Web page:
Russia Passes 2 Million Covid-19 Cases As Deaths Hit High
(Bloomberg) -- The number of Covid-19 infections in Russia surpassed 2 million, pushing the country’s hospital system to the brink amid a record amount of new daily cases.
There were 23,610 new coronavirus cases in the last day, with 463 deaths, both records since the start of the epidemic, the government’s virus response center said Thursday. Russia has the fifth-most cases globally, after the U.S., Brazil, India and France.
Federal authorities have so far avoided locking down during the second wave of the pandemic, opting instead for limited restrictions in hard-hit regions in order to contain the economic fallout. Dozens of regions, including Moscow, which is facing the largest outbreak, have closed bars and restaurants overnight and most university students are studying remotely, among other measures. So far, only one of Russia’s 85 regions has imposed a lockdown.
“Unfortunately, the situation isn’t easy,” President Vladimir Putin told officials at a televised meeting on Covid-19 Wednesday, assuring them that it was nonetheless under control. “Most alarming is an increase in the mortality rate.”
More than 80% of Russia’s 265,000 Covid-19 beds are occupied, with several regions reporting occupancy above 90%, officials told Putin. According to the government’s daily reports, 34,850 people have died from the disease since the start of the epidemic. But more complete official data on mortality released with a substantial lag put the toll far higher, at 55,671 from April through September.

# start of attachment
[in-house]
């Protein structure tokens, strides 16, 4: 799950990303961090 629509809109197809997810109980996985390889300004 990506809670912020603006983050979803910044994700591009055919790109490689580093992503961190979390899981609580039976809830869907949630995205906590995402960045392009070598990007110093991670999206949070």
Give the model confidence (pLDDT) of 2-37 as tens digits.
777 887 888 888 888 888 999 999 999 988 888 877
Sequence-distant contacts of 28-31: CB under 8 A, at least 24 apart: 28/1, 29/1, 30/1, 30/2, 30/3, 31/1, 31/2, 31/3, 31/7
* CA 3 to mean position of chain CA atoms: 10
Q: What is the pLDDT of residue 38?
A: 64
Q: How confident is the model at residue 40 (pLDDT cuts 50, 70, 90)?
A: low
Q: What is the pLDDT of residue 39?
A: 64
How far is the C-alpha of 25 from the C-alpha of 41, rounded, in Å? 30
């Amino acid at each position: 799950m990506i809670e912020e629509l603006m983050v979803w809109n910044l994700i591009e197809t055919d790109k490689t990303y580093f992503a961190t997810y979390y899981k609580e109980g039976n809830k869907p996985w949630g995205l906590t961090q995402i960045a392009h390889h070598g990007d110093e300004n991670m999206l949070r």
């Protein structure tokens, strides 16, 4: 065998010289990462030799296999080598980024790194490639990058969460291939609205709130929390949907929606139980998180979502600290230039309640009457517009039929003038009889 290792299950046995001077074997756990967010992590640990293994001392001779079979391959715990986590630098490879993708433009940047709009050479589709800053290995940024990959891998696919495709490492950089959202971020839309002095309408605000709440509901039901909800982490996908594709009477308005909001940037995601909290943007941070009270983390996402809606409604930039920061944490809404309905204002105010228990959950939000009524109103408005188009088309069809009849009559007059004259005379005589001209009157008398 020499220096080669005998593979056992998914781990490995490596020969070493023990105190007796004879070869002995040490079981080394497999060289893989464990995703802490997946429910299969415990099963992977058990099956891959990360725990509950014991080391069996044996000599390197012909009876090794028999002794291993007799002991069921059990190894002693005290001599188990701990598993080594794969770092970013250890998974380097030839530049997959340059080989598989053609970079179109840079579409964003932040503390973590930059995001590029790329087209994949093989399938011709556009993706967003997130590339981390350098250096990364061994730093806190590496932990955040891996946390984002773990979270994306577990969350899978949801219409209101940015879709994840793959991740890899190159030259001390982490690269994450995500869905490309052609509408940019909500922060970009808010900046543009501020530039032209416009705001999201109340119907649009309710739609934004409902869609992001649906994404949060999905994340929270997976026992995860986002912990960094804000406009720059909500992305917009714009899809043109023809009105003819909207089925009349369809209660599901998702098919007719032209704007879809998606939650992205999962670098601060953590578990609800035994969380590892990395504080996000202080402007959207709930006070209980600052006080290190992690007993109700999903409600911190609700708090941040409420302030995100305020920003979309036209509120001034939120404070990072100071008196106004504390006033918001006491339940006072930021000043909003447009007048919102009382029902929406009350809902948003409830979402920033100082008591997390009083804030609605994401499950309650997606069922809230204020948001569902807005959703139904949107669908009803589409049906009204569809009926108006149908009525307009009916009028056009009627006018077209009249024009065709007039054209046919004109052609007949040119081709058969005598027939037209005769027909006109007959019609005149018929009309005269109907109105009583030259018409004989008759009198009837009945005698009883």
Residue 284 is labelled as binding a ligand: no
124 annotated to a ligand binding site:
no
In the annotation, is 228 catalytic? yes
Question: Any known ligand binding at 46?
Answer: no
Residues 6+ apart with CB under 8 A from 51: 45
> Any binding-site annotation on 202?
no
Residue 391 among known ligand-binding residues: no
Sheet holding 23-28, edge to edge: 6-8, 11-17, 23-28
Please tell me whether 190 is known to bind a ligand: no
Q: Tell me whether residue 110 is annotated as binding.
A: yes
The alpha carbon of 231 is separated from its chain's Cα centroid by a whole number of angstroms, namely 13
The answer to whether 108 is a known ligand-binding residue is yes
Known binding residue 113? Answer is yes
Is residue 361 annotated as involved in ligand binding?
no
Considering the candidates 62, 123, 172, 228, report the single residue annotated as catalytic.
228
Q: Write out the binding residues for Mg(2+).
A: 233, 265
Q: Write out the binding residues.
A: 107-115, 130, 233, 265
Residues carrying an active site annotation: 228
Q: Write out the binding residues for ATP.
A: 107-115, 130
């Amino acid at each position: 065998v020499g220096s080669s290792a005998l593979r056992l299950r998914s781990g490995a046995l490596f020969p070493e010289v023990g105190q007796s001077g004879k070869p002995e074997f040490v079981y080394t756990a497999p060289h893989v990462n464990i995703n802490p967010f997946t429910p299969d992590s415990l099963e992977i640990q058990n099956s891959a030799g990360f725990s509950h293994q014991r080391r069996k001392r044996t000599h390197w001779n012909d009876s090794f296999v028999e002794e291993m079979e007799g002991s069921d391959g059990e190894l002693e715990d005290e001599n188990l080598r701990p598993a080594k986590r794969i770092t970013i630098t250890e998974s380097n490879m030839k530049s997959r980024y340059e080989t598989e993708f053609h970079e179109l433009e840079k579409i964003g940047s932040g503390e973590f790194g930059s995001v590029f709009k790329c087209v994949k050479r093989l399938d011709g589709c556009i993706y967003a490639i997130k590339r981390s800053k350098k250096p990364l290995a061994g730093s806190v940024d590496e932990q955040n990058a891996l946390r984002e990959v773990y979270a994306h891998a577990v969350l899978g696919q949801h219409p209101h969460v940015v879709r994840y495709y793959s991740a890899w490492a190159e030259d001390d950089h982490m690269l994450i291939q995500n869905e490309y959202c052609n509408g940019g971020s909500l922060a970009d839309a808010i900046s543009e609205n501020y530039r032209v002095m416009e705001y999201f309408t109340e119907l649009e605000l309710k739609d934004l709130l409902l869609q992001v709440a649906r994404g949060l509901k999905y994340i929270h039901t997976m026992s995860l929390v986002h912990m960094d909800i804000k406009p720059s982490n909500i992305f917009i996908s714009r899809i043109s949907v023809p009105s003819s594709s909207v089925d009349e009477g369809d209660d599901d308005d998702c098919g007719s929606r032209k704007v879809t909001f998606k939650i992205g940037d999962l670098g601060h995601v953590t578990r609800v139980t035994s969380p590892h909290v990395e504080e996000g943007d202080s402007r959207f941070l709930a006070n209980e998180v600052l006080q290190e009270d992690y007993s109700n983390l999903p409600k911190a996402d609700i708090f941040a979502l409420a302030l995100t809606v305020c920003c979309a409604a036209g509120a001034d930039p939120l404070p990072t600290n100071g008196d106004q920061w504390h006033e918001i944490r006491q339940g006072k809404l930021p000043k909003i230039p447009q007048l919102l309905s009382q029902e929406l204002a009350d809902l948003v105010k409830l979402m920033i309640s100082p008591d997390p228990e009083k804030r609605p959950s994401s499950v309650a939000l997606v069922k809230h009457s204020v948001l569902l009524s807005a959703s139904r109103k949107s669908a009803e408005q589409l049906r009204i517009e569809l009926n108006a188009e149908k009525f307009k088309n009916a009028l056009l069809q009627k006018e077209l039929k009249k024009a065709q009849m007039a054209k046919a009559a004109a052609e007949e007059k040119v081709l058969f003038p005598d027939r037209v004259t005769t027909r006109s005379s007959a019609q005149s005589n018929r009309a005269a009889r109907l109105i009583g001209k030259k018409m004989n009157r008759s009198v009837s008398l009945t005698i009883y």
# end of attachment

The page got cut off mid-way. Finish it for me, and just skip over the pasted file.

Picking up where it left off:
The authorities have placed their hopes on vaccines that are still in trials. Last week, the developers of Russia’s Sputnik V said initial testing showed it was 92% effective in preventing infections, although it has not yet published final results in a peer-reviewed journal.
Though the phase 3 trial is still underway, Russia has already begun vaccinating medical workers, teachers and officials. By the end of the year, producers aim to make about 2.9 million doses, according to Deputy Prime Minister Tatyana Golikova. Two shots are required for each patient and the government aims to boost output sharply next year.
Still, inoculating everyone who wants a vaccination could take as long as a year, said Alexander Gintsburg, the director of the Gamaleya Research Institute of Epidemiology and Microbiology that developed the inoculation, according to RIA Novosti.
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